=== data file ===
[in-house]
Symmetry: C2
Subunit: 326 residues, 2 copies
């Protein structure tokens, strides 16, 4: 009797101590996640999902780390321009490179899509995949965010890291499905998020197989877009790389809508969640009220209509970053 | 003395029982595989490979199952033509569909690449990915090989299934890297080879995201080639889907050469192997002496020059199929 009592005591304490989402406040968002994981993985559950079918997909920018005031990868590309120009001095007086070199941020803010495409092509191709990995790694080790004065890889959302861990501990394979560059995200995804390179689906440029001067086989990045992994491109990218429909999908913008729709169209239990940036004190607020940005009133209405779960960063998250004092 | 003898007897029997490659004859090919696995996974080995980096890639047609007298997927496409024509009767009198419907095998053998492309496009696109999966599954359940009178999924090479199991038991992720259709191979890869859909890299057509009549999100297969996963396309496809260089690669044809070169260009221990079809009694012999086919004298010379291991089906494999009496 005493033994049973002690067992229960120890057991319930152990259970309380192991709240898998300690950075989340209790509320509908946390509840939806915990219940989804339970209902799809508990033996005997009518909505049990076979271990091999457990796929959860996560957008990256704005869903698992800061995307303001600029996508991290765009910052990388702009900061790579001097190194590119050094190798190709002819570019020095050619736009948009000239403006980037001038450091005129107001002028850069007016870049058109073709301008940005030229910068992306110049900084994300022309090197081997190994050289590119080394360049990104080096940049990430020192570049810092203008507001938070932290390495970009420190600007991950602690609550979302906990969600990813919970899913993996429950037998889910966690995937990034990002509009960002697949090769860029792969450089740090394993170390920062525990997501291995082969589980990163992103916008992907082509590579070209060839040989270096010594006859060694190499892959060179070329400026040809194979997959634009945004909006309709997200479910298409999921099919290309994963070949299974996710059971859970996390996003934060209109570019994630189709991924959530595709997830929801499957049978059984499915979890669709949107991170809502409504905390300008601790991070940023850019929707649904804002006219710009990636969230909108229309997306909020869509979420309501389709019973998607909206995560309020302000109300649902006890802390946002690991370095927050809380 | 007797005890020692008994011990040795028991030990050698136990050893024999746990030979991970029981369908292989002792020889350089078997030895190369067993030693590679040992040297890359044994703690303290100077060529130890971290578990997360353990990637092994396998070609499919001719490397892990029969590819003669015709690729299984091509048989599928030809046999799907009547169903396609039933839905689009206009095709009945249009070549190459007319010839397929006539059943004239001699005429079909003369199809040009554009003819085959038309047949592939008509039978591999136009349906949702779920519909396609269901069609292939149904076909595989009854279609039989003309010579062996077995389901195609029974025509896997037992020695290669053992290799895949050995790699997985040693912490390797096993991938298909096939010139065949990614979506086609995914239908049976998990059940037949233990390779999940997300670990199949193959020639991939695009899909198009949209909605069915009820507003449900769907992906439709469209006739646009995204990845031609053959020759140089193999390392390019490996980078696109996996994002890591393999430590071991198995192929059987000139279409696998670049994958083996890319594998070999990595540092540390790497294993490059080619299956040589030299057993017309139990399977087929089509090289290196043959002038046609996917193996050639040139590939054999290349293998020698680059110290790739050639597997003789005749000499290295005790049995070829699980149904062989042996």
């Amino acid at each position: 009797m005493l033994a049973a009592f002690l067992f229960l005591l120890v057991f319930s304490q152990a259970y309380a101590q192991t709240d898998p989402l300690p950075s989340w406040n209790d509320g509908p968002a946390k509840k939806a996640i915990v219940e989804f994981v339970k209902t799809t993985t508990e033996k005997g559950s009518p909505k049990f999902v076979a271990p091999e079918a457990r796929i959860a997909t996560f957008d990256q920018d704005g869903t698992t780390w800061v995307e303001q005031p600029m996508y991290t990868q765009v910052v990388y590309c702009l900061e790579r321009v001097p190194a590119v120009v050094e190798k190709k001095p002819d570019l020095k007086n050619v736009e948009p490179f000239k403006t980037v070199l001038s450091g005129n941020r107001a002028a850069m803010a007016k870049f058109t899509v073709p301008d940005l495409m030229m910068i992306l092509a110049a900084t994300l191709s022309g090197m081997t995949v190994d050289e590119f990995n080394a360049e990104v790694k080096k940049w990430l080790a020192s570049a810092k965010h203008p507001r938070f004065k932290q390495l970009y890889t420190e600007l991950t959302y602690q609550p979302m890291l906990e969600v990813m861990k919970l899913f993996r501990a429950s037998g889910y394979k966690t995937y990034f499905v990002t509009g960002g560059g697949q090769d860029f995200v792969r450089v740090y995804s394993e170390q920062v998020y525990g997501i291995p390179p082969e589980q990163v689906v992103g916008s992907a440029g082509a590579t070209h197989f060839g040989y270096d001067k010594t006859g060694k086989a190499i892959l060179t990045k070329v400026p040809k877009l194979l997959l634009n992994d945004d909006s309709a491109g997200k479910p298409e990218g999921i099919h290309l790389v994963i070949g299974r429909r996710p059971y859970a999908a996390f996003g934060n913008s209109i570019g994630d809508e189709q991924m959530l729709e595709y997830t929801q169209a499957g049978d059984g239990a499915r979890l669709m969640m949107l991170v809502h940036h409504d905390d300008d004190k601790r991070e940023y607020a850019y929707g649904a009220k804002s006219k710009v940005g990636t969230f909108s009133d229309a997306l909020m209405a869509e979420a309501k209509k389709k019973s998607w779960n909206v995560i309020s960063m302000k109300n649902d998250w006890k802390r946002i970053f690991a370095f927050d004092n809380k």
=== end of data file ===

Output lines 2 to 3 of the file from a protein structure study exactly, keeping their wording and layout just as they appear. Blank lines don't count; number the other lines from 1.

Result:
Symmetry: C2
Subunit: 326 residues, 2 copies